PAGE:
Photo ou archives : D. Ganneau
500 Z-15 Grand Prix- 1955
When the Czechs led the world
This 500cc racing Jawa, built in the Fifties, shows clearly that in the years immediately after World War II, Czechoslovakia was still a major industrial power. The same year, Jawa launched the "15," an excellent roadgoing bike with a single overhead camshaft engine derived from the dohc Z-15. A year later, the "15" picked up its own dohc.
The Z-15's Finest Hour
The Z-15 enjoyed great success, particularly at the national level. and was seen both as a solo machine and with a sidecar. Its rivalry with the other great Czech name in cycling, CZ, resulted in some classic races. On its first time out, in the Czech Grand Prix of 1950, the Z-15 was ridden to a third-place finish by Jan Novotny. But its finest hour came 11 years later when the extensively remodeled 350cc Z-15s of Frantisek Stasny and Gustav Havel took second and third places in the World Championship behind the uncatchable MV Agusta of Gary Hocking.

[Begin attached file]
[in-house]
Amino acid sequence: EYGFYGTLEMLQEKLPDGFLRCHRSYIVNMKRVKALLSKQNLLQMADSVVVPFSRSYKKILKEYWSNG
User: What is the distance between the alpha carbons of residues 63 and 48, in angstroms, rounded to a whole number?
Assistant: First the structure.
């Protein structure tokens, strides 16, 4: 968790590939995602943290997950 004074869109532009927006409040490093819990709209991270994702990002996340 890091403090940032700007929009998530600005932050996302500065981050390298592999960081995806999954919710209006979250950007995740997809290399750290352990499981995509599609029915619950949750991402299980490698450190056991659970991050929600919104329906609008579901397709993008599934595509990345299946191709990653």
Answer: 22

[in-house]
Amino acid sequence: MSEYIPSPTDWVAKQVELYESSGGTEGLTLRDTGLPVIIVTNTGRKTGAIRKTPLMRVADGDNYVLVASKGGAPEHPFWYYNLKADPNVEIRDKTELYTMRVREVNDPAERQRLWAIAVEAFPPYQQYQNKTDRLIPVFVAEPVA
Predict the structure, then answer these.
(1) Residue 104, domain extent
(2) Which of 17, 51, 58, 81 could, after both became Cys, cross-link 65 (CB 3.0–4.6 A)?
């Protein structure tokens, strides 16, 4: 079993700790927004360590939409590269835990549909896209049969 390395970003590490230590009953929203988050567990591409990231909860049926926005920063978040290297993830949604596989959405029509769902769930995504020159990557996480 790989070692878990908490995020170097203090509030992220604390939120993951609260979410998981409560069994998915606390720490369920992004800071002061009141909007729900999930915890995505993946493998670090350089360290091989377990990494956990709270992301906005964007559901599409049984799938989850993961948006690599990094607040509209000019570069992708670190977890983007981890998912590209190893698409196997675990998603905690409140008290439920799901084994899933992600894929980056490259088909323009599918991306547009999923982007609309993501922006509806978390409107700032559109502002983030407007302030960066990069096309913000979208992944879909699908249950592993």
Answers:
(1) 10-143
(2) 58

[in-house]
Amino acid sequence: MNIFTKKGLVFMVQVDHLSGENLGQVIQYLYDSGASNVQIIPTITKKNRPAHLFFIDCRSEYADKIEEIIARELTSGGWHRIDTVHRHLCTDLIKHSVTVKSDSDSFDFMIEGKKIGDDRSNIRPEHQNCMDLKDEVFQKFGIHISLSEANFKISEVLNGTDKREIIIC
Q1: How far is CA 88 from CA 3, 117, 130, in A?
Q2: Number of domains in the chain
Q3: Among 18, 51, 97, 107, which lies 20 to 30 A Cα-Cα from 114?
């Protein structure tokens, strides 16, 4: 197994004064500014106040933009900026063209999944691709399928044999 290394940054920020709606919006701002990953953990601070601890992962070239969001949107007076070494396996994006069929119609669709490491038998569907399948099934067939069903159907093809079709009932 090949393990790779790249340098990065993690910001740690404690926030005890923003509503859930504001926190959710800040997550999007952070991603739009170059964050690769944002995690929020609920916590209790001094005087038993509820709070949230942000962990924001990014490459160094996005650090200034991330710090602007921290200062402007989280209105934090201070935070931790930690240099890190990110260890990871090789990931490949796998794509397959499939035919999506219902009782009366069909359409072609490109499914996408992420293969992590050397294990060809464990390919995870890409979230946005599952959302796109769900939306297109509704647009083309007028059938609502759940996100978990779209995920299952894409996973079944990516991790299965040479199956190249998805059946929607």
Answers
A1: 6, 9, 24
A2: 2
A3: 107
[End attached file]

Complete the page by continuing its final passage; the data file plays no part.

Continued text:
Last of the Line
Unfortunately, the last Z-15 had left the factory three years earlier, so Jawa gained little from this victory. This magnificent line of parallel rnrins was the final generation of Jawa four-strokes; since 1966, the firm has devoted itself exclusively to two-strokes, with which it enjoyed some success during the Eighties.
Engine: air-cooled 488cc (65x73.5mm) vertical-twin four-stroke
Power Rating: 55 hp @ 8000 rpm
Valves: shaft-driven double-overhead-cam
Fuel System: dual 30mm Amal GP carburetors
Transmission: 4-speed gearbox
Suspension: (front) telescopic fork; (rear) swinging arm
Brakes: (front/ rear) drum
Wheels: 16 or 18 in wire
On the race track, the Z-15 hid its magnificent motor be-neath the fashionable "dustbin styling" of the Fifties. Completely surrounding thefront wheel, these aluminum shells favored speed at the expense of side-wind stability.